Justice System and Children

By Constance Ndeleko

Juveniles who are living in difficult circumstances are at higher risk of committing delinquency often.

Juvenile delinquency includes all forms of criminal behaviors among young people where the perpetrators and the victims are children or young persons. A delinquent child is a juvenile who has violated the law of the country and if the action is committed by an adult, could result in criminal prosecution.

In the context of Sub-Saharan Africa juvenile delinquency has become a threat to the urban centers and families; with major characteristics of theft, arson, drug trafficking, addiction to commit crimes which altogether have constituted a threat to the general public.

In a bid to enhance care reforms in different countries in Africa, most have opted to foster the care reforms options to ensure children are protected and the best measures are taken in the best interest of the child.

Research has shown that not all crimes committed by children should lead them into institutions. Thus, campaigns on de-institutionalization should be supported to ensure children have alternative measures that will ensure reform in their behaviors. It has also been noted that not all children in the institutions have committed crimes some circumstances have forced these children to be where they are now.

The future prosperity of the Sub-Saharan Africa states depends in large part on the productivity and well-being of young people. Crime, victimization, and justice system responses greatly affect the life prospects of the most vulnerable youth in the restricting their access to ladders of opportunity.

Concentrated poverty and disparities in health, employment, and education create conditions that contribute to both victimization and offending. Juvenile delinquency is driven by the negative consequences of social and economic development, in particular economic crises, political instability and the weakening of major institutions (including the state, system of public education and public assistance, and the family.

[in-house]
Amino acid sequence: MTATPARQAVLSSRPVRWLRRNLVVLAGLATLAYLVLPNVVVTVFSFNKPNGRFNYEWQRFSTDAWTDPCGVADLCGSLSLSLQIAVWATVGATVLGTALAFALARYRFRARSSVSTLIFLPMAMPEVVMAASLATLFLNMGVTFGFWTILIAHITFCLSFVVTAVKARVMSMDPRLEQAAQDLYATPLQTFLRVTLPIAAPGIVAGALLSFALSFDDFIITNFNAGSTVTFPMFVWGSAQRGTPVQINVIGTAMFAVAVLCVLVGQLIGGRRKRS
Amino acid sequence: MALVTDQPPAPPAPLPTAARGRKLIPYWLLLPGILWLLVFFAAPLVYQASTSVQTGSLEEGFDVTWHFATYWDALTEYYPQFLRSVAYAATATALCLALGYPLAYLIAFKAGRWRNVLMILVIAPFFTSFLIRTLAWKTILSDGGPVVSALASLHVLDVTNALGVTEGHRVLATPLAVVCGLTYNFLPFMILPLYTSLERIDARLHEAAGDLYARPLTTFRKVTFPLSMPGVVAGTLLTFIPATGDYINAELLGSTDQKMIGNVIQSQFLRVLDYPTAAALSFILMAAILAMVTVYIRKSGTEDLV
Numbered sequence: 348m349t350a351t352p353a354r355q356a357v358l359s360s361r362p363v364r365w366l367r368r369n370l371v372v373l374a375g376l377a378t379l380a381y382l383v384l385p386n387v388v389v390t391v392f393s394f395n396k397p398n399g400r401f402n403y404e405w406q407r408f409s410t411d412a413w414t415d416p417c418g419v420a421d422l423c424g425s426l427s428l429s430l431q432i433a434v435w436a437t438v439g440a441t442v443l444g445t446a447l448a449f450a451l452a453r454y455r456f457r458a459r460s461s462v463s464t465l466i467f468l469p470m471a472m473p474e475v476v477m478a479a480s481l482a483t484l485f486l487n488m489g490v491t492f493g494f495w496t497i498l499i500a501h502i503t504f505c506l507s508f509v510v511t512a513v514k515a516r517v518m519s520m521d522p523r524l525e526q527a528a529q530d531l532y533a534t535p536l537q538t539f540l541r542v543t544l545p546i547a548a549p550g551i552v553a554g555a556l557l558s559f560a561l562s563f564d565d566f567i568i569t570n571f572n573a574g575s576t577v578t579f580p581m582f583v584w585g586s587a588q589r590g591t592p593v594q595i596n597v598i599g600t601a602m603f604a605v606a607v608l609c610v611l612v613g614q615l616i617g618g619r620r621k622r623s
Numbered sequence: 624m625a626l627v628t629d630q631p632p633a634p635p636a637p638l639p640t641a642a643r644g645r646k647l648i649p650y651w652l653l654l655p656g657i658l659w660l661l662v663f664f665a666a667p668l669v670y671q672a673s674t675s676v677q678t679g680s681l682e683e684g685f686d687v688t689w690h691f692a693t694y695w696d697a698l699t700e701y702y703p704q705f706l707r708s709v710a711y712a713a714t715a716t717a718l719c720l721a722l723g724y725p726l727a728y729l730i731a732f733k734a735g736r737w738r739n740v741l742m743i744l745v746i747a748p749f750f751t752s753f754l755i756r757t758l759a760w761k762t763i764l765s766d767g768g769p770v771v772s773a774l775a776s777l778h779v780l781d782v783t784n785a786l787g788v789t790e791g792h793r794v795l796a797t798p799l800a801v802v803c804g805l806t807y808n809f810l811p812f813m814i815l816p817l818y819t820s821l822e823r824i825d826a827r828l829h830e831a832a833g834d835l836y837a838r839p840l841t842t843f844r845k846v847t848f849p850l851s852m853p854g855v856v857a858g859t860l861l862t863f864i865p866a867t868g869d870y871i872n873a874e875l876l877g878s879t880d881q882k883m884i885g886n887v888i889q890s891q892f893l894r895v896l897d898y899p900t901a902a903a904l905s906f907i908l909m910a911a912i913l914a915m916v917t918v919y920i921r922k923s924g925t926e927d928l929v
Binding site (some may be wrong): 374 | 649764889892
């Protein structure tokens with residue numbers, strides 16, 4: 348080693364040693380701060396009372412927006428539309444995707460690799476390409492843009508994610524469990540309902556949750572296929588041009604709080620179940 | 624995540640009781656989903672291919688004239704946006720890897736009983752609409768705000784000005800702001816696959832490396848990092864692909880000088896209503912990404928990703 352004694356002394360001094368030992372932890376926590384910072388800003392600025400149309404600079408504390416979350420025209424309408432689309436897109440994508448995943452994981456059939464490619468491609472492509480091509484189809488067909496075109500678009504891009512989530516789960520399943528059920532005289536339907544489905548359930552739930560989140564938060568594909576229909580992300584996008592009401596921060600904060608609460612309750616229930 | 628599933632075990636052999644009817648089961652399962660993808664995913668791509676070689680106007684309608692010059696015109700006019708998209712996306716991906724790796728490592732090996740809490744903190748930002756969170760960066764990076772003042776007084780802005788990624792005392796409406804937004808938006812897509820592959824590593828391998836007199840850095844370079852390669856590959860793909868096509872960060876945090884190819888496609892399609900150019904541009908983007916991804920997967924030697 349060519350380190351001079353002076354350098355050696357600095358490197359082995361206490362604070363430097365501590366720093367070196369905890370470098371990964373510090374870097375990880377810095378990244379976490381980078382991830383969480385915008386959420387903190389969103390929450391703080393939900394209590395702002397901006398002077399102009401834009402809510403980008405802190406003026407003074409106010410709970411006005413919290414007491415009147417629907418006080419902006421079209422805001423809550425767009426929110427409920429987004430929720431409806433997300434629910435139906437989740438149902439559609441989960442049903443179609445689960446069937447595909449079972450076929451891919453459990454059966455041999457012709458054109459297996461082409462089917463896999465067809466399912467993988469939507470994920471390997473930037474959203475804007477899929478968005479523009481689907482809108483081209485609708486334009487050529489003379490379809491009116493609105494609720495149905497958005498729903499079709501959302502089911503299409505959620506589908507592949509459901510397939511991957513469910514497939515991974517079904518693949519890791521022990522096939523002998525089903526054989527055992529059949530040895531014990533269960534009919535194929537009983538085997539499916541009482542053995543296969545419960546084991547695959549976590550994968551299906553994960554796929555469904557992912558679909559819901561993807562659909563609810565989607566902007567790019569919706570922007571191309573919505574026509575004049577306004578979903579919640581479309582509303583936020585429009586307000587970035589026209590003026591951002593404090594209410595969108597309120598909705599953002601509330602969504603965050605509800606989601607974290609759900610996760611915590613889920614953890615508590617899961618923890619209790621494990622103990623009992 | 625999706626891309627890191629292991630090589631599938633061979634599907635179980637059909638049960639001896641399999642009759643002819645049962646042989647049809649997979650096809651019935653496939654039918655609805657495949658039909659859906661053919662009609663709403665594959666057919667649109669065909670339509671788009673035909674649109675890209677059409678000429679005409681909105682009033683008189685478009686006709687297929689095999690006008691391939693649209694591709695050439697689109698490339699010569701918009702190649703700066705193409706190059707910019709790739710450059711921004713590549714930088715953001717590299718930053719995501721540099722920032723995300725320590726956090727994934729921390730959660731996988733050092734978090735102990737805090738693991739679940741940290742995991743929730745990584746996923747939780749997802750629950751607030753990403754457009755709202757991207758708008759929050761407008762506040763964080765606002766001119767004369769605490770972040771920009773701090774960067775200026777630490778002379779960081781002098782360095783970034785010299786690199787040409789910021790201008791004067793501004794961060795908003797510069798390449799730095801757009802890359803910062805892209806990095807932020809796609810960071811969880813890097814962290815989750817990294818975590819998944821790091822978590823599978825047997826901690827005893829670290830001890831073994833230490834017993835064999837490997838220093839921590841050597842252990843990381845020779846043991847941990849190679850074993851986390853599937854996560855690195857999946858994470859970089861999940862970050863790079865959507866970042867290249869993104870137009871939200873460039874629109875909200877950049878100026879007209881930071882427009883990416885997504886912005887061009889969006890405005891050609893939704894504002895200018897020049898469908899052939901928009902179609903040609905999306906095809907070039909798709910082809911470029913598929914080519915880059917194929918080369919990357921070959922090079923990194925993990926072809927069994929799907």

Delinquents seemingly experienced more frustrating, less controlling, and less secure relationships with their parents than did non-delinquents. In both societies, delinquents seem relatively less able than non-delinquents to adapt and to discipline themselves to the norms of the school. And in both societies, the delinquents were thrust into marginal social roles and were predisposed or coerced to accept the deviant norms and practices of their delinquent peers amid the rapidly changing context of the urban community

Juvenile infraction is a contemporary social problem in African society that adversely affects the norms and ethical value of societies with potential of making life uncomfortable and dangerous for all citizens. (Dambazua, 2007) Not only does the problem juvenile delinquency affect the victims of the crime; it also affects the juvenile delinquent’s family, future, and society as a whole. (Estevez and Nicholas, 2011)


Perspectives on Juvenile Delinquency in Africa

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